The company that administers the SAT exams worldwide is withholding scores for thousands of students in China and South Korea after allegations of widespread cheating.
For those students who took the exam on October 11, scores are being held just days before the early application deadline approaches for many colleges and universities in America. Students from other countries who took the exam that day have already received their scores.
"Based on specific, reliable information, we have placed the scores of all students who are current residents of (South) Korea or China and sat for the October 11 international administration of the SAT on hold while we conduct an administrative review," Tom Ewing, spokesperson for test assessors the Educational Testing Service (ETS), said in a statement.
The company has been made aware of reports that detail the sharing of test questions in advance of the test taking place in East Asia in prior years. Most of these reports discuss test preparation schools. The reports were responsible for canceling an exam in South Korea in May of last year, as well as voiding 900 exam scores in the same country in 2007.
The issue is also a concern in China, where only a few days ago 2,440 Chinese students were found to be cheating on a national pharmacy licensing exam with technological gear meant for cheating, including wireless earpieces and "electronic erasers" that can transmit answers through code.
According to a CNN report, around 1 in 10 college applications from students in China contain some level of fraud. Admissions officers state this is usually found in essays or high school transcripts.
"There are a lot of Chinese students and parents trying to get into the best quality schools they can," Eddie West, director of international initiatives for the National Association for College Admission Counseling, was quoted as saying in the report. "Obviously there's competition and incentives to cut corners."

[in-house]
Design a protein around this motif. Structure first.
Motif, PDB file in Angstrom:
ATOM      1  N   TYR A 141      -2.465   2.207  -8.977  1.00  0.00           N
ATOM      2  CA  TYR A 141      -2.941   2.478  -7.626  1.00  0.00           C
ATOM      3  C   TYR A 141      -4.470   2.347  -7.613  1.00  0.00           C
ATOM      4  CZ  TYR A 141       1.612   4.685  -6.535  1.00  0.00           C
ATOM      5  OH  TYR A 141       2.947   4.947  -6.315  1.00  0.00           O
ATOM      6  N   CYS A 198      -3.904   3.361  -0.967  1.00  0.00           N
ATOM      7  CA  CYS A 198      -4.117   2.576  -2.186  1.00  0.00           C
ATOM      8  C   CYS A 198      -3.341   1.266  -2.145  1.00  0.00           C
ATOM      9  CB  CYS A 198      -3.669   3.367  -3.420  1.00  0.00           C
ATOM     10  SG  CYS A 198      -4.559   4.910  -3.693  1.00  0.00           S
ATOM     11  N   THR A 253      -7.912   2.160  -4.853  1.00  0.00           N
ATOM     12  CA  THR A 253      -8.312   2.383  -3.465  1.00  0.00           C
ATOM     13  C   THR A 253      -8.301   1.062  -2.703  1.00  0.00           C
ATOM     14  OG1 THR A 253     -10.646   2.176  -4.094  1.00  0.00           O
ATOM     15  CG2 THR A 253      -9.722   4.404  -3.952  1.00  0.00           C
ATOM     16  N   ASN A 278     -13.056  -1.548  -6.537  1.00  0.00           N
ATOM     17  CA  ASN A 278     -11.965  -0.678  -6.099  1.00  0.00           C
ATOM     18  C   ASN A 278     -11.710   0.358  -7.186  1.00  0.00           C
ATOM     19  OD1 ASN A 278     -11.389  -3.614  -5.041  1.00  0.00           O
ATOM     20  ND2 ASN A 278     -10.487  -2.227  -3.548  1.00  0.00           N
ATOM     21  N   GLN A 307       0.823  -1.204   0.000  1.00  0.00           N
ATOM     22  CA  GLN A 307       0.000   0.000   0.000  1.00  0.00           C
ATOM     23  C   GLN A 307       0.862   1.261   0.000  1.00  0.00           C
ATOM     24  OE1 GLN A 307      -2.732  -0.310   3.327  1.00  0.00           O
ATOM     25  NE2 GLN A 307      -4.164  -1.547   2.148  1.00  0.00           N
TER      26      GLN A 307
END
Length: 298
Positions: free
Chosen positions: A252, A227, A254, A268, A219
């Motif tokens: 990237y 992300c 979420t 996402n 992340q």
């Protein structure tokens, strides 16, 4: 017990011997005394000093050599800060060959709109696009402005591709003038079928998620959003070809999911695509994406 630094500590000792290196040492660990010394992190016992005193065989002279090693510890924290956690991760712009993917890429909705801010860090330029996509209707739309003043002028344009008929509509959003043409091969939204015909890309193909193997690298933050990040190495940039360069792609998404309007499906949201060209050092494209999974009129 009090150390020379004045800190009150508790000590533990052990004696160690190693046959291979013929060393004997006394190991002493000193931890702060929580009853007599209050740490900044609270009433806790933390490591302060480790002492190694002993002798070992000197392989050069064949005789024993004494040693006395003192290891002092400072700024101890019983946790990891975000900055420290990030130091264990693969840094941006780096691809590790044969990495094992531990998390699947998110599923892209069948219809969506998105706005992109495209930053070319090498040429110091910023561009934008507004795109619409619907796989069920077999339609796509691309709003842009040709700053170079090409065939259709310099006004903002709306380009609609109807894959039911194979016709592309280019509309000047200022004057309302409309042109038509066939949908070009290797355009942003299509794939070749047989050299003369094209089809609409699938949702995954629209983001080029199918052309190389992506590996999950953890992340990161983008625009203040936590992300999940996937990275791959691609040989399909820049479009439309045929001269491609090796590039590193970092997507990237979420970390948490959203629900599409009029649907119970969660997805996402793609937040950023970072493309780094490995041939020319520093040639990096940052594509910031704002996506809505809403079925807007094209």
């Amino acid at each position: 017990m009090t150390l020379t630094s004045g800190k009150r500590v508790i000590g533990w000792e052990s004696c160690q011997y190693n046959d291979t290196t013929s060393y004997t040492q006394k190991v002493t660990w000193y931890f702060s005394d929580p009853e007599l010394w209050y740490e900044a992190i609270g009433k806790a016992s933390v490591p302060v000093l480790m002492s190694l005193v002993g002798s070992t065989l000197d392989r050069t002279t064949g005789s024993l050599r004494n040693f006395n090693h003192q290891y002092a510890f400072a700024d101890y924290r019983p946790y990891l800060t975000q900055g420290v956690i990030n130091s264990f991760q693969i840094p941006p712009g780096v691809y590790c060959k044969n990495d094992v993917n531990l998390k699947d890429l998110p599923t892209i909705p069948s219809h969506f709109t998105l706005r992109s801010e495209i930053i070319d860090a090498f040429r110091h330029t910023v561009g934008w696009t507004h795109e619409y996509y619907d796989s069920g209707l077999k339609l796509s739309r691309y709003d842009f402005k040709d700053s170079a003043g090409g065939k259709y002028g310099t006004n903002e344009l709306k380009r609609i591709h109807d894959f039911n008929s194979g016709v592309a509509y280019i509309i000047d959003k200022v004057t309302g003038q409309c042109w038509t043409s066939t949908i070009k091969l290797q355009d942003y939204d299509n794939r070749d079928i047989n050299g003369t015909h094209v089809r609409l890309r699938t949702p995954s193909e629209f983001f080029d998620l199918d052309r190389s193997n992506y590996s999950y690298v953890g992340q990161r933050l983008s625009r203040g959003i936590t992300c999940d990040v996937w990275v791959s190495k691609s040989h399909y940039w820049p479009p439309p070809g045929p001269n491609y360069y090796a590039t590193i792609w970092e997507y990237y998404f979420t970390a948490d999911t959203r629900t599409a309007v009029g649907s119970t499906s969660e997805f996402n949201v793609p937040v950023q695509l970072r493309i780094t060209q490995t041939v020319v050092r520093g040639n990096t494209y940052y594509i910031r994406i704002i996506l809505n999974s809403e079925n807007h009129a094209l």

Ewing said scores were being withheld based on where students live, not where they took the exam. The SAT is not administered in China, with the exception of a select few private schools, causing thousands of students to travel from the country to other parts of Asia to participate.
"Chinese people see education as a game to be beaten," Beijing-based educational consultant and teacher Jiang Xuequin told CNN. "If you can beat it, you're a good player. If you can't beat it, then you're just stupid. Cheating is seen as a fair way to play the game. There's absolutely no sense of shame in cheatingâ¦ it's been going on for years."
The company is hoping the review will be done quickly and that students will have their valid scores by mid-November, allowing them to still be considered for early admissions.
Many students, however, are not so hopeful. Taking to college discussion boards on websites like College Confidential, students express their fears that colleges will not accept them because of the delay in scores. Many also mentioned that the scores would have influenced where they chose to apply. Others felt they were being treated unfairly.